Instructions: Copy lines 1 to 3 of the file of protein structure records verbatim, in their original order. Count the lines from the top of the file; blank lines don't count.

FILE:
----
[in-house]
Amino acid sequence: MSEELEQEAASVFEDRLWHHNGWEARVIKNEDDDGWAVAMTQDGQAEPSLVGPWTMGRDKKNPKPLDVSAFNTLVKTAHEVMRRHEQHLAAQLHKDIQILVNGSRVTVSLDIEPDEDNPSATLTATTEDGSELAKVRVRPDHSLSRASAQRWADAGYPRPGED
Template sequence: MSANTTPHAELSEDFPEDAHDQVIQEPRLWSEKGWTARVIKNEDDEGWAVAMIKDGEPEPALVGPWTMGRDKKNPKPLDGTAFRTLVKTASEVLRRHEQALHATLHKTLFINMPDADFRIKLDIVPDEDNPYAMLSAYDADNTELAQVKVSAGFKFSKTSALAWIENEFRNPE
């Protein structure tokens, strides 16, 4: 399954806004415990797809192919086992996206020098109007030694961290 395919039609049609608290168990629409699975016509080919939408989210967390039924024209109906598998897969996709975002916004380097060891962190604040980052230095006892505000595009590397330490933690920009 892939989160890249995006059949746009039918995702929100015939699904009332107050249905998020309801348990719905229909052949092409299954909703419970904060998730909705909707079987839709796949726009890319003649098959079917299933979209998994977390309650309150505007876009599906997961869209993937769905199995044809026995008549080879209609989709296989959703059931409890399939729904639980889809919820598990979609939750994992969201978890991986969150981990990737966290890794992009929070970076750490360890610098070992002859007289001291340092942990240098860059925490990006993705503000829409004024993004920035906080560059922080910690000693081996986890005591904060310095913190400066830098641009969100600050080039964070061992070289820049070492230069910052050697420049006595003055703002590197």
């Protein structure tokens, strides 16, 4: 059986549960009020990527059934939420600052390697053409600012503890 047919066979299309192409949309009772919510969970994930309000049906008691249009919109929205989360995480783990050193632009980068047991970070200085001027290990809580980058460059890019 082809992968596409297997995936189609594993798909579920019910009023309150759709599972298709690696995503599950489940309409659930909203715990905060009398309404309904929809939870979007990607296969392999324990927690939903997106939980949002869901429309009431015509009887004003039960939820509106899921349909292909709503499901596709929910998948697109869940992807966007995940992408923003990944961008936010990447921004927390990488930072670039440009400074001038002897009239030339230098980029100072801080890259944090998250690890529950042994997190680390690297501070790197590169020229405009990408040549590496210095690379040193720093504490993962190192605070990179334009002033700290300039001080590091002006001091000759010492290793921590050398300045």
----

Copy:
[in-house]
Amino acid sequence: MSEELEQEAASVFEDRLWHHNGWEARVIKNEDDDGWAVAMTQDGQAEPSLVGPWTMGRDKKNPKPLDVSAFNTLVKTAHEVMRRHEQHLAAQLHKDIQILVNGSRVTVSLDIEPDEDNPSATLTATTEDGSELAKVRVRPDHSLSRASAQRWADAGYPRPGED
Template sequence: MSANTTPHAELSEDFPEDAHDQVIQEPRLWSEKGWTARVIKNEDDEGWAVAMIKDGEPEPALVGPWTMGRDKKNPKPLDGTAFRTLVKTASEVLRRHEQALHATLHKTLFINMPDADFRIKLDIVPDEDNPYAMLSAYDADNTELAQVKVSAGFKFSKTSALAWIENEFRNPE